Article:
But he'll continue to work with the company as an adviser.
Suzuki may not be offered in the US any longer, but as Japan's fourth-largest automaker and with close ties to Toyota, we could someday see the brand return to our shores. We certainly hope the company returns and brings its highly sought-after Jimny along too. The brand has always cared for its customers and some of its cars are true treasures. A lot of the company's innovation and success can be attributed to its now ex-chairman, Osamu Suzuki. He's been at the company for over forty years, but now he's finally decided to step down from the role of chairman, a position he has held since the turn of the millennium.
Suzuki Motors was founded by Suzuki's wife's grandfather and the reins will remain in the hands of the family, with Osamu's son Toshihiro Suzuki now taking over as chairman. He already holds the roles of president and CEO. Osamu joined the company back in 1958 and became president 20 years later. His business acumen helped the brand break into the Indian market in 1983, and if his ability to run things was ever in question, take a look at this. Today, Maruti Suzuki India Limited, which Suzuki Motors holds a majority stake in, sells half of all the cars in India.
Osamu's time in charge hasn't been perfect though. In 2016, he stepped down as CEO in order to take responsibility for the company's incorrect testing methods for calculating vehicle mileage, although he retained the title of chairman. He's clearly a valuable member of the company but says he decided to step down last year (Suzuki Motor's centenary year) in line with a new management plan that aims to reduce Suzuki's emissions. Suzuki is investing $9.45 billion in mostly electrification over the next five years.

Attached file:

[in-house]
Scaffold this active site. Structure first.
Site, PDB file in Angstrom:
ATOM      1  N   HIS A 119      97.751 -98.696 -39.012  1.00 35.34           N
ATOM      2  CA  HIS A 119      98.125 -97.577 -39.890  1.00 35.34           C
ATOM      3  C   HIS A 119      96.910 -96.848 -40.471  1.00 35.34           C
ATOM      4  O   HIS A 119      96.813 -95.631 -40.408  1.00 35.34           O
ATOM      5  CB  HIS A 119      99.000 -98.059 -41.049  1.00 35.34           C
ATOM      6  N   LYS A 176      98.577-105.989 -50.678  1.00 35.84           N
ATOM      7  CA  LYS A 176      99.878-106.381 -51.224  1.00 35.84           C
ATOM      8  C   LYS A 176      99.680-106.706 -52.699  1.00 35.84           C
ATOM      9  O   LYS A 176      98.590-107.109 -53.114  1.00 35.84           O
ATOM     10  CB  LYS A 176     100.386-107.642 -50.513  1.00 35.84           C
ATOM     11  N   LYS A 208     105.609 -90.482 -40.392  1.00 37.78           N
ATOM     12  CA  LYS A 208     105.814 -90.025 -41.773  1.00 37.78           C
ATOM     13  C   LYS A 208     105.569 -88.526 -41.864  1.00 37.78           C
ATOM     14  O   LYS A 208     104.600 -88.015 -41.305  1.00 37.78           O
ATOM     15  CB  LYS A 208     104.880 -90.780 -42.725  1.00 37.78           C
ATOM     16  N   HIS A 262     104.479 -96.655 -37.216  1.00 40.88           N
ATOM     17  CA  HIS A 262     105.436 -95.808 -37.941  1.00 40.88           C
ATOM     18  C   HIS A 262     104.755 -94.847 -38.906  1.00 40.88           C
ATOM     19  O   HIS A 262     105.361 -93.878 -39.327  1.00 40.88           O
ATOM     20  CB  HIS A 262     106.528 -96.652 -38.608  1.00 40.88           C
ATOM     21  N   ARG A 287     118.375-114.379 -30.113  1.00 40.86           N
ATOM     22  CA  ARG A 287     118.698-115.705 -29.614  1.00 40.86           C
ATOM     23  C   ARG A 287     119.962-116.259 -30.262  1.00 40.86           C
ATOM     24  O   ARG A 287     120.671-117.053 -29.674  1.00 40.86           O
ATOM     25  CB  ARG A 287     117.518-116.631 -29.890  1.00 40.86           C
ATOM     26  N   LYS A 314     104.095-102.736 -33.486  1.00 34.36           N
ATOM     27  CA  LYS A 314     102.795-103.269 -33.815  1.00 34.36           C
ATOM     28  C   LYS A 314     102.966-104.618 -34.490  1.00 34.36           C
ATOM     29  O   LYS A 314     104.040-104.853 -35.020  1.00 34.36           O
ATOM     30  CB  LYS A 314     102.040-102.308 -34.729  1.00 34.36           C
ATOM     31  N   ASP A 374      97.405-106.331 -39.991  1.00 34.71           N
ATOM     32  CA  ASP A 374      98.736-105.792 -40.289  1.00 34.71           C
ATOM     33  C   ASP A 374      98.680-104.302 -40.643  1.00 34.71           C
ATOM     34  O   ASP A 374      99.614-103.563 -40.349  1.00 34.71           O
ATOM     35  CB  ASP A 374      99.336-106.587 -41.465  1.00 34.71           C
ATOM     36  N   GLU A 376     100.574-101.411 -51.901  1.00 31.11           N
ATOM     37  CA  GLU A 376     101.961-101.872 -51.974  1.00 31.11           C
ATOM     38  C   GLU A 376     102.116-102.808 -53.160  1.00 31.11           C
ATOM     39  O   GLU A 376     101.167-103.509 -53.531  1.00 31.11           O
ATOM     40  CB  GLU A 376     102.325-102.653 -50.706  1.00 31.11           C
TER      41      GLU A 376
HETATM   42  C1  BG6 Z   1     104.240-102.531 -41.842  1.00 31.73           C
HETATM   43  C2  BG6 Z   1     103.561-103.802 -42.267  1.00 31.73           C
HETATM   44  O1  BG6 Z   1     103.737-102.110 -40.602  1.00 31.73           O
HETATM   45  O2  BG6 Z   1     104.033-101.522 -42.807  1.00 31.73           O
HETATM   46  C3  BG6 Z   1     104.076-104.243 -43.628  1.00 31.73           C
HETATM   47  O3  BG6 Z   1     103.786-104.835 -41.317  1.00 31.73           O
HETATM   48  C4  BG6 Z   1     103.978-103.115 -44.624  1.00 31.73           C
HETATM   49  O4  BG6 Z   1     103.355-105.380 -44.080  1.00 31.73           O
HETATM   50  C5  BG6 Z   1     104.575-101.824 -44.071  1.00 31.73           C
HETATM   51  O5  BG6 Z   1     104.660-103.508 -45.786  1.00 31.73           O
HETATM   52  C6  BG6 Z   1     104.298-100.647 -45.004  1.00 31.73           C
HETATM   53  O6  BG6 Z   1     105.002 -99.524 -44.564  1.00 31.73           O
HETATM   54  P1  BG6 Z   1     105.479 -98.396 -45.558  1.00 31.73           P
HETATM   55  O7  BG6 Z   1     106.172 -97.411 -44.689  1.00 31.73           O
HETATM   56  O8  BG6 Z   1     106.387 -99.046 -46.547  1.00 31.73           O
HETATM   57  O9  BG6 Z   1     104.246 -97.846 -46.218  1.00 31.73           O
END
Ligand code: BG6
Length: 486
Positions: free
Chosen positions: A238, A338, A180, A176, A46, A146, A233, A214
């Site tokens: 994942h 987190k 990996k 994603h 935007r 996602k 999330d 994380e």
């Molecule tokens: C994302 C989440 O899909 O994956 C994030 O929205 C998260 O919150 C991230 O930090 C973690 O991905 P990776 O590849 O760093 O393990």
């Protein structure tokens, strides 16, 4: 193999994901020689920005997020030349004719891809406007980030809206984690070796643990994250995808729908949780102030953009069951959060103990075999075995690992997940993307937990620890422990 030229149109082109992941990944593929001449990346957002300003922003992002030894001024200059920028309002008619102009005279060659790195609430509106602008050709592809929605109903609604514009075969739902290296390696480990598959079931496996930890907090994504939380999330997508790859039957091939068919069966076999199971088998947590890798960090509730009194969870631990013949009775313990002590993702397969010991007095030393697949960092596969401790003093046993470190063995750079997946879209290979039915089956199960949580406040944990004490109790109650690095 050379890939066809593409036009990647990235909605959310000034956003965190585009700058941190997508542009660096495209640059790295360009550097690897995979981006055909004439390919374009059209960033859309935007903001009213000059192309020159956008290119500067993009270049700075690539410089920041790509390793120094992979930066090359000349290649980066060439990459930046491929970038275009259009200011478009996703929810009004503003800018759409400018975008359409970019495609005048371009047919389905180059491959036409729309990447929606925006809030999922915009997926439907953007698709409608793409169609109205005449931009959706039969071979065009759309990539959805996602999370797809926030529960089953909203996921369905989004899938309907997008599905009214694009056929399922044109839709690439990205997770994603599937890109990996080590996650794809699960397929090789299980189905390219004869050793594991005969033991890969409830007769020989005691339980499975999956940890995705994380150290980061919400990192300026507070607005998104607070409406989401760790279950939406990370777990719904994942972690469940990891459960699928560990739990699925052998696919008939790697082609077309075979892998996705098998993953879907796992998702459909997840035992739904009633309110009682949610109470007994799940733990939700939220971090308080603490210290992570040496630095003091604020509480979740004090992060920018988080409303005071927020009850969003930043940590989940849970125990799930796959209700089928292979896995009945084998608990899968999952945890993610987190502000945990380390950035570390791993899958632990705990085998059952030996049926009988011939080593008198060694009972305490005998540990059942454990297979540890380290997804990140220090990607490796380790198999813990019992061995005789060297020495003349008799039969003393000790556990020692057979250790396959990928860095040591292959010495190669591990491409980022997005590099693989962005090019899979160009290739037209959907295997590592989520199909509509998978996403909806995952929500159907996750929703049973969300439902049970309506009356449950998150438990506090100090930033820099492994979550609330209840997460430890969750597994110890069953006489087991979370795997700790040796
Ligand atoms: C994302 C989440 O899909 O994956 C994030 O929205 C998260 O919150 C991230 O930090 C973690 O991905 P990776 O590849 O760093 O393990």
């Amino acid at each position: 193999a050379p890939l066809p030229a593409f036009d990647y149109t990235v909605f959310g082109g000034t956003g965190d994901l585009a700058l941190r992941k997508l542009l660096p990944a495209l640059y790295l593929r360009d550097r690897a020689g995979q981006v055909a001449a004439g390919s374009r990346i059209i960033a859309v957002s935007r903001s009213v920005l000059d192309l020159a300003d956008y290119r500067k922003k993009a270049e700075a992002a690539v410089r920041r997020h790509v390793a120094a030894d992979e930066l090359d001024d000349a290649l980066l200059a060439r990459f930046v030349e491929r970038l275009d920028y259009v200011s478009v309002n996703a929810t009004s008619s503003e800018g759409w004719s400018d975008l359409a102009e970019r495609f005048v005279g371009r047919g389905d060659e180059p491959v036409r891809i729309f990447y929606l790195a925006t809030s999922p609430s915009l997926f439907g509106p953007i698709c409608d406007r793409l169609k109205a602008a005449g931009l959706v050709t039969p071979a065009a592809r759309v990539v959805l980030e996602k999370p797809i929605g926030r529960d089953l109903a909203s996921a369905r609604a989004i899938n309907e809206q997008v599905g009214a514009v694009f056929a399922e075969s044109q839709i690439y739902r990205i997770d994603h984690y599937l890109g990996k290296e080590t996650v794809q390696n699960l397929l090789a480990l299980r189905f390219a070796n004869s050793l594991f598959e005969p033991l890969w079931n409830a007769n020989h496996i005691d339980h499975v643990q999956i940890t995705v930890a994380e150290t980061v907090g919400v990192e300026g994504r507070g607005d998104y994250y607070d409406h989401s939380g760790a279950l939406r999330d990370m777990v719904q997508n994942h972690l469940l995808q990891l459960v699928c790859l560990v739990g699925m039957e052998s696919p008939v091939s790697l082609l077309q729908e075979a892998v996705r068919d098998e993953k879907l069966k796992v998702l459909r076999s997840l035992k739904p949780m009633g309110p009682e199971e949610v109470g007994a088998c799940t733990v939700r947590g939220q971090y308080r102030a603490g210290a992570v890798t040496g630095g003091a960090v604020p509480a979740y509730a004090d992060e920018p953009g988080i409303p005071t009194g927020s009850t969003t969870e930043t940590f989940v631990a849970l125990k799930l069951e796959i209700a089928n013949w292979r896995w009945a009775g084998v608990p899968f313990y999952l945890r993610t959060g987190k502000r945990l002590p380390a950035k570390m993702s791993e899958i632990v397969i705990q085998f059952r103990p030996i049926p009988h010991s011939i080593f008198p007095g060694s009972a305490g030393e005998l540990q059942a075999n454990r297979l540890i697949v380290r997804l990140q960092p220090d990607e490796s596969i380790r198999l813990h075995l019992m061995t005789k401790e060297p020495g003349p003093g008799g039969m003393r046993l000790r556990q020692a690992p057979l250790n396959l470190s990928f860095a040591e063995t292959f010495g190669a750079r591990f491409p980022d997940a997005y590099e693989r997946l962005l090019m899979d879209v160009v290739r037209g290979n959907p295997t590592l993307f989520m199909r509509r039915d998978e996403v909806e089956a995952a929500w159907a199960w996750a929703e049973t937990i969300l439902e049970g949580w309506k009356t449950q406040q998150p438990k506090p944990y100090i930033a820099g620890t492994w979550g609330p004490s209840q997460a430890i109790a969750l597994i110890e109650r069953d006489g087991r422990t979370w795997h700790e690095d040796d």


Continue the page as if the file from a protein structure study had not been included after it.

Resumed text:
But in true Japanese fashion, Osamu will still be hard at work. "I will neither run away nor hide," he said, and will "remain active" as an adviser. This follows regular past quotes that showed his desire to be a "lifelong non-retiree". But will the new leadership lead to the brand returning to America? Well, if the company could bring out its own version of the Toyota Supra, we'd be pretty happy to try it out. Realistically, Suzuki will continue to focus on developing markets, but as the brand shifts towards electrification, there's a good chance that more vehicles suitable for worldwide sale will be developed.